2010 Iowa General Assembly Preview

gavelMonday is the first day of the 2010 session of the Iowa Legislature.  Over the past month or so I’ve had an opportunity on my internet radio show The Conservative Reader Report to discuss the upcoming session with a few local Republican House Members, including Peter Cownie, Erik Helland, and Chris Hagenow.  All of them had the same message we’ve been hearing via the press: this year’s session will be about the Budget.

These Republicans also stated their support for giving Iowan’s the right to vote for a Constitutional Amendment to define marriage, despite the fact that it appears unlikely such an opportunity will exist in the 2010 session. Mike Grandstall has already stated that he will not allow a bill that will define marriage as one man and one woman.  The liberal media is all about calling it discriminatory and that it is “against same-sex marriage”, but the biggest furor should be over one simple thing: Democrats being “against”  the right of Iowans to vote on this important issue.  It is ironic that the Democratic Party, the supposed party of “Yes”, is now the party of “No”.  And this on something less trivial than the typical money spending that Republicans typically try to stop, but on a most fundamental right of Iowans, and clearly desired by a majority of Iowans, to vote on this issue directly.  Instead, the majority party chooses to abrogate the rights of Iowans.

Also on the table are potential opportunities to bring back some labor union priorities, Fair Share apparently being on top of the Governor’s list (he and other Dems owe the unions a lot, and they have not done much to deliver so far).  Other priorities include Prevailing Wage, and Doctor Shopping.

Getting back to the budget, it was encouraging to see today’s Des Moines Register editorial recommending, along with “preserving healthcare for low-income Iowans”, among other things, that the Legislature take a hard look at Tax Credits and consolidation, but most important:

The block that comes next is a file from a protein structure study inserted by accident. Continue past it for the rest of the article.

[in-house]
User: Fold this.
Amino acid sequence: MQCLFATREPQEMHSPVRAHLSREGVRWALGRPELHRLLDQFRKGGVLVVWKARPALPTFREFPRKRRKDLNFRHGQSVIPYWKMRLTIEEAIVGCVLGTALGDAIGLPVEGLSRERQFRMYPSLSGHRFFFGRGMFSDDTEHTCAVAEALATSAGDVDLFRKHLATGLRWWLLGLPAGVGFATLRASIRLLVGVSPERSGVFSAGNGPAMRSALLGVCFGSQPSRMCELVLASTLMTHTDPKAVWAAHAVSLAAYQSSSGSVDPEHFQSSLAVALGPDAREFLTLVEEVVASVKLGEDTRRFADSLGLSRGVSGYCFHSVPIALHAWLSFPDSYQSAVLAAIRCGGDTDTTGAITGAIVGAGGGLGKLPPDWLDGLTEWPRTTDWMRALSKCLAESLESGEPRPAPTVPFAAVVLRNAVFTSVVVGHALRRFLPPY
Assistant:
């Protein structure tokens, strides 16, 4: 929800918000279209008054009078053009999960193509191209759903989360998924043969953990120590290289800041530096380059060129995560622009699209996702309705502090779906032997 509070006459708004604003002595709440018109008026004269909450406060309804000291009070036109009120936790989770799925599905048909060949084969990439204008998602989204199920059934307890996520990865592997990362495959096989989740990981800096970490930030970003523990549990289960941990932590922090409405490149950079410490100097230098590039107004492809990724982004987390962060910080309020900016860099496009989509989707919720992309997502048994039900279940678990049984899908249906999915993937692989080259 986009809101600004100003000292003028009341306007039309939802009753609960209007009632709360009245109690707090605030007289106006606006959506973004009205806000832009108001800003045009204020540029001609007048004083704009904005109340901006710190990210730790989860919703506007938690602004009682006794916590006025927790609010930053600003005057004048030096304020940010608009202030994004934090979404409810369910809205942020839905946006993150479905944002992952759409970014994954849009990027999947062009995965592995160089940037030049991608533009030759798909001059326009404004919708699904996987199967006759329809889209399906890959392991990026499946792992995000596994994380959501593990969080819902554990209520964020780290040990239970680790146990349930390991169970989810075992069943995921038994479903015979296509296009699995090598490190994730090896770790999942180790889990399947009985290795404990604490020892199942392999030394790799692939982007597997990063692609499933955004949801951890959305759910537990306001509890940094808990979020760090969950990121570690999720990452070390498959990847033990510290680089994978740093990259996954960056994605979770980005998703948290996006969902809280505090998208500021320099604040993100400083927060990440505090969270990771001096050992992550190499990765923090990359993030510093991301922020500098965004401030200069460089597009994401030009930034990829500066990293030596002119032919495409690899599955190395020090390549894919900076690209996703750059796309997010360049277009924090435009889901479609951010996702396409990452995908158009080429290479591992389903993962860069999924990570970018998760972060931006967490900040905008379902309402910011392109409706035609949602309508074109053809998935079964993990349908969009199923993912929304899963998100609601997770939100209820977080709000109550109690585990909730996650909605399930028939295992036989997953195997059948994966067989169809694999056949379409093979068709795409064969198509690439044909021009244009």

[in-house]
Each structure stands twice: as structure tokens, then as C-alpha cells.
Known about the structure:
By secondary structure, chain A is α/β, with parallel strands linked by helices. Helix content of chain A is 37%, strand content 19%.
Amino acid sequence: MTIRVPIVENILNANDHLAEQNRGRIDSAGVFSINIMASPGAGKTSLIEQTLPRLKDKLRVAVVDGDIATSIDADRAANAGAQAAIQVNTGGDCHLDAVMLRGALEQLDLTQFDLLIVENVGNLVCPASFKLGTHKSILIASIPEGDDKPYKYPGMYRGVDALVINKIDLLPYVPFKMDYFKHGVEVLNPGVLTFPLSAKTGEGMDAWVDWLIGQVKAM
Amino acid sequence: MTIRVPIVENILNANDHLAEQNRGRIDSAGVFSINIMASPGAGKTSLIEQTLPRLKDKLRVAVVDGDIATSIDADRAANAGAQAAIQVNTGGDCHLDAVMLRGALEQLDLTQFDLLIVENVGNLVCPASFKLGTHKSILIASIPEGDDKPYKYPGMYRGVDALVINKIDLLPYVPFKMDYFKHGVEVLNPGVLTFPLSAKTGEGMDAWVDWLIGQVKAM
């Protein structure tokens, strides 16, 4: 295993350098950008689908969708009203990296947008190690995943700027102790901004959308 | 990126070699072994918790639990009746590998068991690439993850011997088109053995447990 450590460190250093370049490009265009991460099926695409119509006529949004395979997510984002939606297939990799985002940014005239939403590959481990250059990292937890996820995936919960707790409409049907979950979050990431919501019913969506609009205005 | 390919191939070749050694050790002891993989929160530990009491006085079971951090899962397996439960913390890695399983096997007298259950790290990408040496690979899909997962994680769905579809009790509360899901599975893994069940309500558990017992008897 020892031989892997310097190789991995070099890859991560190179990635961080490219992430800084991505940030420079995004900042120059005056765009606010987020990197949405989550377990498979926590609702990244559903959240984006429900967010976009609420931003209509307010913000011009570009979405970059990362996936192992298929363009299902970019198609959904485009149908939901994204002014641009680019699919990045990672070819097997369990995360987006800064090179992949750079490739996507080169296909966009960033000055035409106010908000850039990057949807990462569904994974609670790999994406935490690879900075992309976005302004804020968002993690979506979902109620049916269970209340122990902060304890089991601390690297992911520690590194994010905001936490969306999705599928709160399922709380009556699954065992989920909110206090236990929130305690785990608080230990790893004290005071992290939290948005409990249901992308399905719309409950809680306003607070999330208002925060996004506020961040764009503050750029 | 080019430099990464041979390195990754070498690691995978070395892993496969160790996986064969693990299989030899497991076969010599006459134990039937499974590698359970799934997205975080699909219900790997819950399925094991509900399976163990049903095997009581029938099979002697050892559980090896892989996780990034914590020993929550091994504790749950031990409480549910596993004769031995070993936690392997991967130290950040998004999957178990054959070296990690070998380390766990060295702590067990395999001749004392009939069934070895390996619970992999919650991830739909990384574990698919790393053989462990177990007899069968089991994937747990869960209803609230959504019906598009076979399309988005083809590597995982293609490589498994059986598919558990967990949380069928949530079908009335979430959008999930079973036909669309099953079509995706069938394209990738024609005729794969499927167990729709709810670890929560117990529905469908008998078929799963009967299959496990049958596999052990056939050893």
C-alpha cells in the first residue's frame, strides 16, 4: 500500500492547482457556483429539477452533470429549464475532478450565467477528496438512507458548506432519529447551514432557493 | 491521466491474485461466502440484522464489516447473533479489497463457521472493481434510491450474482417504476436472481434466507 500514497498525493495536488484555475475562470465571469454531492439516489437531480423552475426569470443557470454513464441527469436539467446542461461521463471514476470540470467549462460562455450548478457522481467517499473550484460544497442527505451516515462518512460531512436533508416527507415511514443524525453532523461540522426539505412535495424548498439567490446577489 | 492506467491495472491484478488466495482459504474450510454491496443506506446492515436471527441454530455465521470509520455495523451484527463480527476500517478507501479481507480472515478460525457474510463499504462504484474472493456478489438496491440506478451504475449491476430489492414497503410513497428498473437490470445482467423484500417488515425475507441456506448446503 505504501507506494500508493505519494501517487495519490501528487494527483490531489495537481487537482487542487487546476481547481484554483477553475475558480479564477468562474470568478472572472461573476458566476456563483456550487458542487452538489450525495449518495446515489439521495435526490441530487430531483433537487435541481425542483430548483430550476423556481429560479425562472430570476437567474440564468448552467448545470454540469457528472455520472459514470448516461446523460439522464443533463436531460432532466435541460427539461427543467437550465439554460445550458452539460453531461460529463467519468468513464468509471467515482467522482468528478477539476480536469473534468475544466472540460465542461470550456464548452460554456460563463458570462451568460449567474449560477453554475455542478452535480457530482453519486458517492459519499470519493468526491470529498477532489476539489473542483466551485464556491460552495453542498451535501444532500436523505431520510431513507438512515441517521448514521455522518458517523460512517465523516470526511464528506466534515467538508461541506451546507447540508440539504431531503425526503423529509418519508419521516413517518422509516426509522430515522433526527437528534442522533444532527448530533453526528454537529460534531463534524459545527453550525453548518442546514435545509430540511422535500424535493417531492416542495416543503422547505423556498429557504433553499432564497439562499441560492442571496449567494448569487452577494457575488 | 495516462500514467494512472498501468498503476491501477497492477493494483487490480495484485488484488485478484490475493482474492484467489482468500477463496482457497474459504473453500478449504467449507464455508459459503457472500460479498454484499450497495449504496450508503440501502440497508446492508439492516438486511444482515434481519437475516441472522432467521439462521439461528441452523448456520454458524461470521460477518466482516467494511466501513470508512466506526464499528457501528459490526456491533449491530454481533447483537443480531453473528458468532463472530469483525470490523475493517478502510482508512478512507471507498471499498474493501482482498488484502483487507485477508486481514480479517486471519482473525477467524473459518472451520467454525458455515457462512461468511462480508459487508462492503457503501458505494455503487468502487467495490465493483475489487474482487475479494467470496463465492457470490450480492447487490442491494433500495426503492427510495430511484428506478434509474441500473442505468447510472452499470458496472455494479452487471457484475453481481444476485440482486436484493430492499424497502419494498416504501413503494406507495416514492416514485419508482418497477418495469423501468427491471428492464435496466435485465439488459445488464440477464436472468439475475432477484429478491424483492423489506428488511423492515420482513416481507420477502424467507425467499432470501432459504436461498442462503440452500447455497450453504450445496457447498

“…the discussion also should include suggestions about what state government can do without…”

How long can it take to figure this one out?  And the Register even made some good suggestions:

“…the Power Fund? Economic-development programs? Services that could be turned over to private contractors?”

And they said, (gasp!) that schools would have to get by with less!

This is certainly a start.  Perhaps the approach that the Editors are seeking is to “make a list and lets see what we can drop to get the budget balanced”.  The notion that budgeting is a hard process involving a balance between what we can afford and what we want is the unfortunate result of coveting what others have.  Greed and selfish desire drive this kind of thinking.

Unfortunately, our current legislature and administration’s thinking about the role of government is that it exists to make sure everyone gets their share of the pie… that everything that has ever looked like a legitimate government service or department must be viable.  Try to stuff everything into a bag, and then pull out a few odds and ends to make it fit the budget.